Facilitating large-scale implementation of evidence based health care: Insider accounts from a co-operative inquiry 60

Heather Waterman, Ruth Boaden, Lorraine Burey, Brook Howells, Gill Harvey, John Humphreys, Katy Rothwell, Michael Spence

Research output: Contribution to journalArticlepeer-review

9 Citations (Scopus)

Abstract

Background: Facilitators are known to be influential in the implementation of evidence-based health care (EBHC). However, little evidence exists on what it is that they do to support the implementation process. This research reports on how knowledge transfer associates (KTAs) working as part of the UK National Institute for Health Research 'Collaboration for Leadership in Applied Health Research and Care' for Greater Manchester (GM CLAHRC) facilitated the implementation of EBHC across several commissioning and provider health care agencies. Methods: A prospective co-operative inquiry with eight KTAs was carried out comprising of 11 regular group meetings where they reflected critically on their experiences. Twenty interviews were also conducted with other members of the GM CLAHRC Implementation Team to gain their perspectives of the KTAs facilitation role and process. Results: There were four phases to the facilitation of EBHC on a large scale: (1) Assisting with the decision on what EBHC to implement, in this phase, KTAs pulled together people and disparate strands of information to facilitate a decision on which EBHC should be implemented; (2) Planning of the implementation of EBHC, in which KTAs spent time gathering additional information and going between key people to plan the implementation; (3) Coordinating and implementing EBHC when KTAs recruited general practices and people for the implementation of EBHC; and (4) Evaluating the EBHC which required the KTAs to set up (new) systems to gather data for analysis. Over time, the KTAs demonstrated growing confidence and skills in aspects of facilitation: research, interpersonal communication, project management and change management skills. Conclusion: The findings provide prospective empirical data on the large scale implementation of EBHC in primary care and community based organisations focusing on resources and processes involved. Detailed evidence shows facilitation is context dependent and that 'one size does not fits all'. Co-operative inquiry was a useful method to enhance KTAs learning. The evidence shows that facilitators need tailored support and education, during the process of implementation to provide them with a well-rounded skill-set. Our study was not designed to demonstrate how facilitators contribute to patient health outcomes thus further prospective research is required.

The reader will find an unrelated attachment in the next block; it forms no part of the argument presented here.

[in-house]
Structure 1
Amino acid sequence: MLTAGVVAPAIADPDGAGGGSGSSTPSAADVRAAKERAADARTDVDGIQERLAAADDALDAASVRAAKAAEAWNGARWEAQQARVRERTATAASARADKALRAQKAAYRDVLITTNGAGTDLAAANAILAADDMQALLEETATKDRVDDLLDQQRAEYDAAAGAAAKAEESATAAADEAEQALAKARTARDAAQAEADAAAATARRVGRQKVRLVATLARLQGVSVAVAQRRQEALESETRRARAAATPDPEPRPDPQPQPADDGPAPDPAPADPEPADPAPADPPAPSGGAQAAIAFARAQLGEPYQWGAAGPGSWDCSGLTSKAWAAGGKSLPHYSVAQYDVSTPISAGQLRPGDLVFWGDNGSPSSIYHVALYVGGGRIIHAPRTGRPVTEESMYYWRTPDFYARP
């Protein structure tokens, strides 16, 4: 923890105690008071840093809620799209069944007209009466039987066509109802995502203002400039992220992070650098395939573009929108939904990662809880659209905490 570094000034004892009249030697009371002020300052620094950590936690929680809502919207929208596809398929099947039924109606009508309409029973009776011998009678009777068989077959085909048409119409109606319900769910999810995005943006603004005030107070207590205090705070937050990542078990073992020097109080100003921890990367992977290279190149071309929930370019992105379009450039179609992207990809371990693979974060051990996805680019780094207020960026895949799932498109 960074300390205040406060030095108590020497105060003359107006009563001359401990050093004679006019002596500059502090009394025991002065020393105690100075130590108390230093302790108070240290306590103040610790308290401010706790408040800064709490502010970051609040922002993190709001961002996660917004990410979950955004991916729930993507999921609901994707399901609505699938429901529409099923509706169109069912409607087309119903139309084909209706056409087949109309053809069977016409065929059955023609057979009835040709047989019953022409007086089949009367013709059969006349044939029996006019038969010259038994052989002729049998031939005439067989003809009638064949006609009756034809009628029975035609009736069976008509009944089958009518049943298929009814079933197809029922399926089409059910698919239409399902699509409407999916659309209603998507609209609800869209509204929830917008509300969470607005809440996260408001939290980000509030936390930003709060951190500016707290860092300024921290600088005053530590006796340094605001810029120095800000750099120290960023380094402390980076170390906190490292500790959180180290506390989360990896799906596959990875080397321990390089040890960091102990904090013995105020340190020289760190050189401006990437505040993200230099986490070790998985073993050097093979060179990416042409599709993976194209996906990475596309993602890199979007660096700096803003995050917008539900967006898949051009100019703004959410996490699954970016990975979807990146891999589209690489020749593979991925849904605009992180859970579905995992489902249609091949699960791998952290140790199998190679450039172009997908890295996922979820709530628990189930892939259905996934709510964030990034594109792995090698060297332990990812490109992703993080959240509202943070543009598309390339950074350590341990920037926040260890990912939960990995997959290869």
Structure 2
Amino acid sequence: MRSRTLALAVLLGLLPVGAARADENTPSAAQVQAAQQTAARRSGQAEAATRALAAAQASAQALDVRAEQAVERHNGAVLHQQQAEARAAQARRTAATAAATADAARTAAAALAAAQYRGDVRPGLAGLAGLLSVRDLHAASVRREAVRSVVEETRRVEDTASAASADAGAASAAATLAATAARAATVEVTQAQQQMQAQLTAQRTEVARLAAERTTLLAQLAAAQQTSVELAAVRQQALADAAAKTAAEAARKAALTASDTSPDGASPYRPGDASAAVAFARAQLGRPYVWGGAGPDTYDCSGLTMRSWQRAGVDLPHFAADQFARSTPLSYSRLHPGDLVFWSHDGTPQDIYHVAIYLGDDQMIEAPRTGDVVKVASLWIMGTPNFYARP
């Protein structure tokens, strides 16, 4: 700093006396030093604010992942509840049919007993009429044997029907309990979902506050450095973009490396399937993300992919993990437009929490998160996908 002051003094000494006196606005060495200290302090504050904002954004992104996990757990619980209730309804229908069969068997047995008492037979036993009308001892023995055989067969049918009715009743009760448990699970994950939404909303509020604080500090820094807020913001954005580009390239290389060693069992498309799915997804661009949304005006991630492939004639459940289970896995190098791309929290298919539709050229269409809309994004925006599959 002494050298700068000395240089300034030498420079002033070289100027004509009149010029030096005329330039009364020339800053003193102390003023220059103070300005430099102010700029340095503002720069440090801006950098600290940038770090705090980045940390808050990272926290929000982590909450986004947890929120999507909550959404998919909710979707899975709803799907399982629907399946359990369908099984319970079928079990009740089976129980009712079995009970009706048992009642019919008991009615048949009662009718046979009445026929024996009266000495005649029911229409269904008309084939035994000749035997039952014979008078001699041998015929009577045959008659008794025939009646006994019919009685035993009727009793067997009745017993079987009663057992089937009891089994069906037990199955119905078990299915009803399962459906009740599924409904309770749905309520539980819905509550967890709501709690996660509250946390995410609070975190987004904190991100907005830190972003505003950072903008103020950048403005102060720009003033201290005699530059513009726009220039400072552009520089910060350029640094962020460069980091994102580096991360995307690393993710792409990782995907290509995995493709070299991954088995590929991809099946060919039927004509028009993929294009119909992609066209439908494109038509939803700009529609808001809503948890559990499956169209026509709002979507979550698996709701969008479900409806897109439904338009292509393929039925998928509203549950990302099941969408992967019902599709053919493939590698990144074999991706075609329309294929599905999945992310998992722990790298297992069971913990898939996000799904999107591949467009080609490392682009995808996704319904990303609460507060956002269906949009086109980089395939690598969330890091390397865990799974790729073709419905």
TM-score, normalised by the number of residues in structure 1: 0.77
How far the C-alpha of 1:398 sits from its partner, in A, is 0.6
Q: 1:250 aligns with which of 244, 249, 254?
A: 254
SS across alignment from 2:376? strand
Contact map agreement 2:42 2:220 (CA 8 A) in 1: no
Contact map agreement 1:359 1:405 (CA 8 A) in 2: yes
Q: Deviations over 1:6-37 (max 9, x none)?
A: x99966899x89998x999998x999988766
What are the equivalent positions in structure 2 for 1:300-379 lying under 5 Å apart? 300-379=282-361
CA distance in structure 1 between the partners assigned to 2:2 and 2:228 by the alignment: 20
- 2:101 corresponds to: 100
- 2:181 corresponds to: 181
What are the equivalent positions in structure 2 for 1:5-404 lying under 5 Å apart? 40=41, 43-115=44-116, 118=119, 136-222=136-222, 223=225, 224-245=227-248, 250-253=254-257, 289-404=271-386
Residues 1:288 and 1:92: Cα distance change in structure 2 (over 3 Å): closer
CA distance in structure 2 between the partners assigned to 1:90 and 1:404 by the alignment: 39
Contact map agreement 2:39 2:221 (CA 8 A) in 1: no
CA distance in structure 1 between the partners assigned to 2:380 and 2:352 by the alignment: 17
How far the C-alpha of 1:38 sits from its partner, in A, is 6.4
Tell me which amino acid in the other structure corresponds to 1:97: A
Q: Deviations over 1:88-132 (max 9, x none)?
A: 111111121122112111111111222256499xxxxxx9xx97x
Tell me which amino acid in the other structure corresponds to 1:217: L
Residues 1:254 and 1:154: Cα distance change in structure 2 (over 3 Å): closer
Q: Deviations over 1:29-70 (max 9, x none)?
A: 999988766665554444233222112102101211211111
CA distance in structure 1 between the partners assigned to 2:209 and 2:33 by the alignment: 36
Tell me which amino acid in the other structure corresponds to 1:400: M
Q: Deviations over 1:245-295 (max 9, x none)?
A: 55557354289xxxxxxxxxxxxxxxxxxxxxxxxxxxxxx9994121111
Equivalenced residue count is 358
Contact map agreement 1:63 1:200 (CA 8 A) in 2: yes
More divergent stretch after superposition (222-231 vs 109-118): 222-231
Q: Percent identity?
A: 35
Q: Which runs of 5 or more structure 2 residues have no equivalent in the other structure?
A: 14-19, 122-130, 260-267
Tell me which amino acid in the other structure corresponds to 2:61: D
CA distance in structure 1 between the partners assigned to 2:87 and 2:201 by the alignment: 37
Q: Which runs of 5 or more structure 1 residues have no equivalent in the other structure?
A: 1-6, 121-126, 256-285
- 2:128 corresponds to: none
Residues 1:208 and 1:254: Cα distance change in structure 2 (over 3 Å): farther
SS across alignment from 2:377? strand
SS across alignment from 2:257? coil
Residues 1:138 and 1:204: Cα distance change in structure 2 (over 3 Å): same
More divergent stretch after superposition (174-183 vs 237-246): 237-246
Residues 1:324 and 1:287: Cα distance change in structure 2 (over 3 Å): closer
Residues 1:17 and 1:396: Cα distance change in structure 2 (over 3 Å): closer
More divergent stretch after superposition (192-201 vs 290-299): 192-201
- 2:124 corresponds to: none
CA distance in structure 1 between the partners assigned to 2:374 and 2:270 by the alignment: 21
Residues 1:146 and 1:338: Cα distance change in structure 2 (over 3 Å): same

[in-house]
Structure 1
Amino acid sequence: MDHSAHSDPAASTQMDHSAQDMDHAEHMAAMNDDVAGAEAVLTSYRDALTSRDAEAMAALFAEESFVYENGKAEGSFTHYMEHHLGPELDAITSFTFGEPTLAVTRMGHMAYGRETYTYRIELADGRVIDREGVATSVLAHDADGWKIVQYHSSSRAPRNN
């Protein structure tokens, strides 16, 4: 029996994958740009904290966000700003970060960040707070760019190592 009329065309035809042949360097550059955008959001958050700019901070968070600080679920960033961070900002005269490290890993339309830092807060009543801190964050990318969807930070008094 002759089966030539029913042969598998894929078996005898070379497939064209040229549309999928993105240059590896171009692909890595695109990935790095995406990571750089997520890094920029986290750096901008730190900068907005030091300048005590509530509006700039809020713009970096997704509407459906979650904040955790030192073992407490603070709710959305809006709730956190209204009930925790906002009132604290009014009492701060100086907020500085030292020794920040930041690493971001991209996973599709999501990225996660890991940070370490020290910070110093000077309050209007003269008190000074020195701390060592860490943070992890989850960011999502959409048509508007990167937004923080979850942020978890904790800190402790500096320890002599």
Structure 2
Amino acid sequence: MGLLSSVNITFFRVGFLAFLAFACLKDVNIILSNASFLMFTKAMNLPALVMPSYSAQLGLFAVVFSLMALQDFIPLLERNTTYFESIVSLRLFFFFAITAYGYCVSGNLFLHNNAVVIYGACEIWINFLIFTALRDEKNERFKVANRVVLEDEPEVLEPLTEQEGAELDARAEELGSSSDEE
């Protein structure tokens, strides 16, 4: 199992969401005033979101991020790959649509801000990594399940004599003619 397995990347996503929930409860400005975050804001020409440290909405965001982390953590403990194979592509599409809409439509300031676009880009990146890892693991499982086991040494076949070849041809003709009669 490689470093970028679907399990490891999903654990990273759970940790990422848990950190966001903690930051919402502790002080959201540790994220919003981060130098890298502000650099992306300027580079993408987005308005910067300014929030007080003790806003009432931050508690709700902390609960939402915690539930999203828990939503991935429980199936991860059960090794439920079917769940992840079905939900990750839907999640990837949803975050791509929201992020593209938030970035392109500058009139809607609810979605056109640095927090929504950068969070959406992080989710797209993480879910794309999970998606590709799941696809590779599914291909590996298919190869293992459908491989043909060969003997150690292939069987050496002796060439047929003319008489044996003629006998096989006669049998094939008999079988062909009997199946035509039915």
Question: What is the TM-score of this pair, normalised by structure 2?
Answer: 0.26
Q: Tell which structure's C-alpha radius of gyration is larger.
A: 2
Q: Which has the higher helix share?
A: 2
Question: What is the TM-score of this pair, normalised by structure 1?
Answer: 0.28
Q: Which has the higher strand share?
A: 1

Original languageEnglish
Article number60
Number of pages13
JournalBMC Health Services Research
Volume15
DOIs
Publication statusPublished - 13 Feb 2015
Externally publishedYes

Keywords

  • Co-operative inquiry
  • Evidence based health care
  • Evidence based practice
  • Facilitation
  • Facilitators
  • Implementation of research
  • Utilization of research

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